My favorite football team is the Arizona Cardinals. This strikes a lot of people as strange because, a) the Arizona Cardinals have been terrible for decades, b) I don’t live anywhere near Arizona, and c) I had never even been to Arizona until about three years ago. The reason, of course, is that I’m old enough to remember cheering for the St. Louis football Cardinals, and I stuck with the team when it left for Phoenix in 1988. I can’t be too angry with them for leaving. After all, I left the Midwest, too.
Because Arizona Cardinals games are rarely shown on local New York City television, and because many NYC apartments don’t have access to DirecTV, I spend most Sundays during the NFL season at a sports bar. (Though a 10-month-old and pirate feeds will probably switch that up a bit this year.) Usually at a sports bar, no one wants to watch the Arizona Cardinals, so I end up hidden in the back, with the black-and-white television in the corner of the boiler room. But yesterday the Cardinals played the always-popular New England Patriots, so I bellied up to the main bar at Cody’s in Brooklyn, fully expecting to be surrounded by a bunch of guys who sound like Ben Affleck’s drunken, seedier older brother. This was a little nerve-racking -- Boston sports fans aren’t exactly known for their warmth, graciousness and open arms to outsiders. (As is the case with pretty much every fan base on the Eastern seaboard, this native Midwesterner notes.) I just wanted to watch my cute little desert birdies get blown out by Tom Brady in peace.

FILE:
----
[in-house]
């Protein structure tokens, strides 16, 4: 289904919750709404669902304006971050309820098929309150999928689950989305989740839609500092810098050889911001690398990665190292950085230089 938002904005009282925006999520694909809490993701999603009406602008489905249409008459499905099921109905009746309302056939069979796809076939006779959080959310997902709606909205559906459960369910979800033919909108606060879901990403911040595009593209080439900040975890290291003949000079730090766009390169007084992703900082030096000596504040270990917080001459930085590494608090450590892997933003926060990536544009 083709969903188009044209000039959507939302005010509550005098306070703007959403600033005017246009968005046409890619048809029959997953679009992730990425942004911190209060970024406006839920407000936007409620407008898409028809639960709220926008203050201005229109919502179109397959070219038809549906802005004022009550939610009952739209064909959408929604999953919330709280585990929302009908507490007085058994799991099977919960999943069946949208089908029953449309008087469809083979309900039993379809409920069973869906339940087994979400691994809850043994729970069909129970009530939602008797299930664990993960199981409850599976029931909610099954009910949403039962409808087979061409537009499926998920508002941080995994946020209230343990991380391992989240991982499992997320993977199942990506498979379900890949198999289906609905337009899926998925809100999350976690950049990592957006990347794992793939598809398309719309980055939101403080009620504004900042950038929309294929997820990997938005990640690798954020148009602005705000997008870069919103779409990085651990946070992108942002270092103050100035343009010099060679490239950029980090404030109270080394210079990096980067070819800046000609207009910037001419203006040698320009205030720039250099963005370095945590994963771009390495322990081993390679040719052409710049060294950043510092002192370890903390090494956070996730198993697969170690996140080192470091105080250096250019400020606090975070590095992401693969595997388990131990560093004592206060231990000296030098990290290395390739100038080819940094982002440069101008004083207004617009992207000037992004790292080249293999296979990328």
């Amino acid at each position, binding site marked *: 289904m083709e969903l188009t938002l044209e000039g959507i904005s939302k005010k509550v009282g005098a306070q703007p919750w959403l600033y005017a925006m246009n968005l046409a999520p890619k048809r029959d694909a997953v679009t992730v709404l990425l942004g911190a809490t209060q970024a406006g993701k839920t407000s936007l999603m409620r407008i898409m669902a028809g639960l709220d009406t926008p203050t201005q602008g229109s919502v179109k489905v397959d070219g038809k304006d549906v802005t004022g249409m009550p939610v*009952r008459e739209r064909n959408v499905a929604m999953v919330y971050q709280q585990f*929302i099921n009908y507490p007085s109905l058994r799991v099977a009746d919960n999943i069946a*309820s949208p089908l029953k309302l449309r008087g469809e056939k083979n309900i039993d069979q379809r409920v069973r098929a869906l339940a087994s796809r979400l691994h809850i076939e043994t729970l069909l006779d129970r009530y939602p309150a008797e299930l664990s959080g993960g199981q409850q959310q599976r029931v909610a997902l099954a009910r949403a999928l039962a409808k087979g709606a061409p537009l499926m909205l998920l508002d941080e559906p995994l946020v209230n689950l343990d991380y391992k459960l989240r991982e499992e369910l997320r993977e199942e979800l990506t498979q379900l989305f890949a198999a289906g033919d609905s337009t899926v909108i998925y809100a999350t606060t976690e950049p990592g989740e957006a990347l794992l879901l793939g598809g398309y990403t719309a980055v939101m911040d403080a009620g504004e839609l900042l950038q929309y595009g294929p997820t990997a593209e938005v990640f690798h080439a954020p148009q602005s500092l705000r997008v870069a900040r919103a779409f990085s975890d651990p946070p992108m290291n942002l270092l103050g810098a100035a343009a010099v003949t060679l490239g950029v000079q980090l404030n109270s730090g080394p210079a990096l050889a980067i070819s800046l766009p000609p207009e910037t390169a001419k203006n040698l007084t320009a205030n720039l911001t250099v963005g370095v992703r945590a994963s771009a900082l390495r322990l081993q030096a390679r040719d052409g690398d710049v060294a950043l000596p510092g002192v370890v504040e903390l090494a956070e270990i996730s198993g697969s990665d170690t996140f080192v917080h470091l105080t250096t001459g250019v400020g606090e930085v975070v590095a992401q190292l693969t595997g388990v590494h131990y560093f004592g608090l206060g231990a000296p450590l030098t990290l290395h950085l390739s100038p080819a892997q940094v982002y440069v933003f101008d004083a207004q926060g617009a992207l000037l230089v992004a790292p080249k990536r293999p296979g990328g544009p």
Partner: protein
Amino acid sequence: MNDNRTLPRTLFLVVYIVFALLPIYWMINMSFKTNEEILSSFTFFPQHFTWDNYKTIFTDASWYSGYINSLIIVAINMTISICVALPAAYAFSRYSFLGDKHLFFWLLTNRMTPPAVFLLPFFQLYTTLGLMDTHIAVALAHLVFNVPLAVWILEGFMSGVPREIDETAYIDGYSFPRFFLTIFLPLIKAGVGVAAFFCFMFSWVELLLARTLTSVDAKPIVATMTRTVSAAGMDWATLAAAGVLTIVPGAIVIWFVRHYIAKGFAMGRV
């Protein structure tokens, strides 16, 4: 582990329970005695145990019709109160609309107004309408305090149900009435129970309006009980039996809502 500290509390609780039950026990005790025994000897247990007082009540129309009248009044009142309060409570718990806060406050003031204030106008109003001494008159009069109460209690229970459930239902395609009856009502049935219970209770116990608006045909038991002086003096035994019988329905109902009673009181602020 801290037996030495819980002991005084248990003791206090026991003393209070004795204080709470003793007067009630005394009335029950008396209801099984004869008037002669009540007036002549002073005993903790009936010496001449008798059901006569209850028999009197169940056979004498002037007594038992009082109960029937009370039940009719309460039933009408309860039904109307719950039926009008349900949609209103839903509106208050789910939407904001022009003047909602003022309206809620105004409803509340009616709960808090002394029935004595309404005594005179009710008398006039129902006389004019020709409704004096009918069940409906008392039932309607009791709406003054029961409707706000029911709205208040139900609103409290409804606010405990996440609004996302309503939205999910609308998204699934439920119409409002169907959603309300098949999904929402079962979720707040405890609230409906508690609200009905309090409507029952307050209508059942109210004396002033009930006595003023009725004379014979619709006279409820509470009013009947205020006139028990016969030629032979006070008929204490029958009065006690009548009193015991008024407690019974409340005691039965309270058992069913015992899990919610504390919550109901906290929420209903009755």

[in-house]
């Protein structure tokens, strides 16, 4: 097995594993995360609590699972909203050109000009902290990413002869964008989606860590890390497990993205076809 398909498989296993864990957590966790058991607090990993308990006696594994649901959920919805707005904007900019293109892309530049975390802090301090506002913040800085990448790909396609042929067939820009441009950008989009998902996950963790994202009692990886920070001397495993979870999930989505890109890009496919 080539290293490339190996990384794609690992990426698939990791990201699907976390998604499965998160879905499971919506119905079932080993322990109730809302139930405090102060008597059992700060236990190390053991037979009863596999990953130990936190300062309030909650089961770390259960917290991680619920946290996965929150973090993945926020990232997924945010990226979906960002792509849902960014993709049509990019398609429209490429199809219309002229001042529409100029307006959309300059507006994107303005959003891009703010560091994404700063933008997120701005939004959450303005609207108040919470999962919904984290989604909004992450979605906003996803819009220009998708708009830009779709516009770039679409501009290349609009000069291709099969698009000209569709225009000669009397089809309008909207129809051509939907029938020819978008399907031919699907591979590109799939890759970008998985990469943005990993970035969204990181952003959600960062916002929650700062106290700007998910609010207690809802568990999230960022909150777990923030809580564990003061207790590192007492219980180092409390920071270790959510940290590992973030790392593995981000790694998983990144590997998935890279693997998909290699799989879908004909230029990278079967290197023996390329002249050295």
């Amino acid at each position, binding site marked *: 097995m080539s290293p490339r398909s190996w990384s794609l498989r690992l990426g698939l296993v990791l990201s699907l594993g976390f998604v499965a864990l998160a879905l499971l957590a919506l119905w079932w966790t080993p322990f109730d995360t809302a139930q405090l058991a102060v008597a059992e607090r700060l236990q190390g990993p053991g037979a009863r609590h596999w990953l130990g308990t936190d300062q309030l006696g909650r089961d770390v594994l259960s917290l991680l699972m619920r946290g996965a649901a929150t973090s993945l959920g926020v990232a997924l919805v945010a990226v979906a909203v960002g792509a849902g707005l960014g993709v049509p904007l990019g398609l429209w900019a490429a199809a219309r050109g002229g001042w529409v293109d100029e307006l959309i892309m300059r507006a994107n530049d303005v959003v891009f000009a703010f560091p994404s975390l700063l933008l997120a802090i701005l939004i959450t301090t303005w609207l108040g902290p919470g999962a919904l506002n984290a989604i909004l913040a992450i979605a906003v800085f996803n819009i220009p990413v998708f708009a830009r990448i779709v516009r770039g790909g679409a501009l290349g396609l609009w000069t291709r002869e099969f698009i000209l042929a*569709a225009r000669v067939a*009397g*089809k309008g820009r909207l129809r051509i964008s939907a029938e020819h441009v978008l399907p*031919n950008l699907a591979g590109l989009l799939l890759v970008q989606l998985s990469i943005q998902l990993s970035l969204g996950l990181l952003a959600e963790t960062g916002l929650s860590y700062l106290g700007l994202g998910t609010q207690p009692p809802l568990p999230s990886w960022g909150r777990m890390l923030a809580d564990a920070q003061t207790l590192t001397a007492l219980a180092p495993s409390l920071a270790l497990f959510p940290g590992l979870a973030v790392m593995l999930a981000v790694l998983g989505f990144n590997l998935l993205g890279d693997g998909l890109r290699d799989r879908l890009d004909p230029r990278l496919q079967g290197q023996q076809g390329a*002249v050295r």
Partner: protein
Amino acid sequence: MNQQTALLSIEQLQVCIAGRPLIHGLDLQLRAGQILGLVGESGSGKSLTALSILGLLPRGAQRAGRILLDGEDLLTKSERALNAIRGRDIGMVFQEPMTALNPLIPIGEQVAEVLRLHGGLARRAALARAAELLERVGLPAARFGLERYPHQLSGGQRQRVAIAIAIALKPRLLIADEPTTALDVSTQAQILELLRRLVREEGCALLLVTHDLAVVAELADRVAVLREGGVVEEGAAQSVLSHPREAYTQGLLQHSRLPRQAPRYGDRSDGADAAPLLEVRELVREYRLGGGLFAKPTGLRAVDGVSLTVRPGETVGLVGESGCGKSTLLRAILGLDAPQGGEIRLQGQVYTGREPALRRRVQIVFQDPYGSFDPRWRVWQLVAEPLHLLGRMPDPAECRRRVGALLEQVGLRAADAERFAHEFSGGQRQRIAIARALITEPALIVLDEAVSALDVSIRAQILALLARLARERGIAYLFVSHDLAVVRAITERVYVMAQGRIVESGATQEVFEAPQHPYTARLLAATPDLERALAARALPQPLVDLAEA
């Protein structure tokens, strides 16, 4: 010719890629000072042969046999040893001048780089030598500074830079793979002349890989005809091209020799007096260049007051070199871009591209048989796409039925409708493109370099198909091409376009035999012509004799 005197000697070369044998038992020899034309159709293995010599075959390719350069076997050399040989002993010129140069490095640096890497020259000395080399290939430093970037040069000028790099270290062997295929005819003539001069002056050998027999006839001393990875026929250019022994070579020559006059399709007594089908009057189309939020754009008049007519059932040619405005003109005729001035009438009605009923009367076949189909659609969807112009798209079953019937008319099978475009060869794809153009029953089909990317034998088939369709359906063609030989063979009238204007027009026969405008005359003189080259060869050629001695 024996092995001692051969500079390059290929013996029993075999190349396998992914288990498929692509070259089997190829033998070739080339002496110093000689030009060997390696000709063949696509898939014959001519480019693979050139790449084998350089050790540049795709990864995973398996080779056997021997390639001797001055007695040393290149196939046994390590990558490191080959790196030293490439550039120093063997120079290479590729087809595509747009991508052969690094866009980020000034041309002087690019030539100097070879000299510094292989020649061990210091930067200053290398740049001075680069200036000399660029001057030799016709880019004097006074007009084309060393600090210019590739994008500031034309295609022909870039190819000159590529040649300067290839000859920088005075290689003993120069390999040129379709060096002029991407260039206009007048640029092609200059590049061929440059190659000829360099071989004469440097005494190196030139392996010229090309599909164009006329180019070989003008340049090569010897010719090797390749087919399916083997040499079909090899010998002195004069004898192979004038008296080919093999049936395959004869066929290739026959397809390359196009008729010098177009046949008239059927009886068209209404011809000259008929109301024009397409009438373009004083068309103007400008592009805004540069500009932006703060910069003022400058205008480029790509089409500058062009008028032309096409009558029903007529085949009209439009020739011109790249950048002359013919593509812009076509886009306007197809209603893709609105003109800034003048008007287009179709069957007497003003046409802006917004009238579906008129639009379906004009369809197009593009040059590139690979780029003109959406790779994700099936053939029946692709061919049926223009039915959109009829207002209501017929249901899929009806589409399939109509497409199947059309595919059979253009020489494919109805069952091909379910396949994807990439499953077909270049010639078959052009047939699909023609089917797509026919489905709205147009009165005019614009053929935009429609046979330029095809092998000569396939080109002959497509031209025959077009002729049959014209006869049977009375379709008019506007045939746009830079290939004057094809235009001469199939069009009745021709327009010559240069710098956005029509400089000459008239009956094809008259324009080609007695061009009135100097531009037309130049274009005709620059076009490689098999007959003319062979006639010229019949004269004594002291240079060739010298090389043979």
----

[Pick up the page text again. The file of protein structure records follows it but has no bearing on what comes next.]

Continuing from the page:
As it turned out, I had little reason to worry. Not only did my Cardinals pull off a rather stunning upset, but there were only three or four Patriots fans around me, and they were all well-mannered, friendly chaps. In fact, once I looked around the bar yesterday, it became obvious that if anyone was out of step with convention, it was me: I was one of the few people there cheering for an actual professional sports team.
There were lots of people wearing jerseys, of course; I’m pretty sure people wear football jerseys on Sundays as much out of slothful weekend comfort as geographic loyalty. But their jerseys never seemed to quite match up with their rooting interests. A guy in a Joey Porter Steelers jersey was screaming for my Cardinals, the Buccaneers and the Chiefs, and he left before the Steelers game started. A guy in a Troy Brown jersey was initially watching the Pats game, but spent most of the time in the back of the bar yelling every time Cam Newton went back to pass. Several times, people saw my attention on the Pats-Cards game and asked me some variation of, “So, how many TDs does Brady have?”
The reason for all this, of course, is that the average person who goes to a sports bar on a Sunday afternoon is far more invested in his/her fantasy team and, probably more than anything else, his/her wagers over the weekend. The prevalence of gambling on the NFL -- the raw percentage of interest that the NFL inspires solely because of an ostensibly illegal activity -- is something that has long been underreported, and I think is still understated. The pure function of watching a sporting event because you hope that your favorite team wins and the other team loses, in the NFL, is often quaint, almost nostalgic. Some media outlets have gotten better at realizing this than others. I was looking at NFL.com this morning to see their takes on the weekend games.
Note the individual headlines:
Steelers hold Jets in check, pick up win
Seahawks pick apart Cowboys in win
Eagles beat Ravens in battle of the birds
Panthers knock off Saints for first win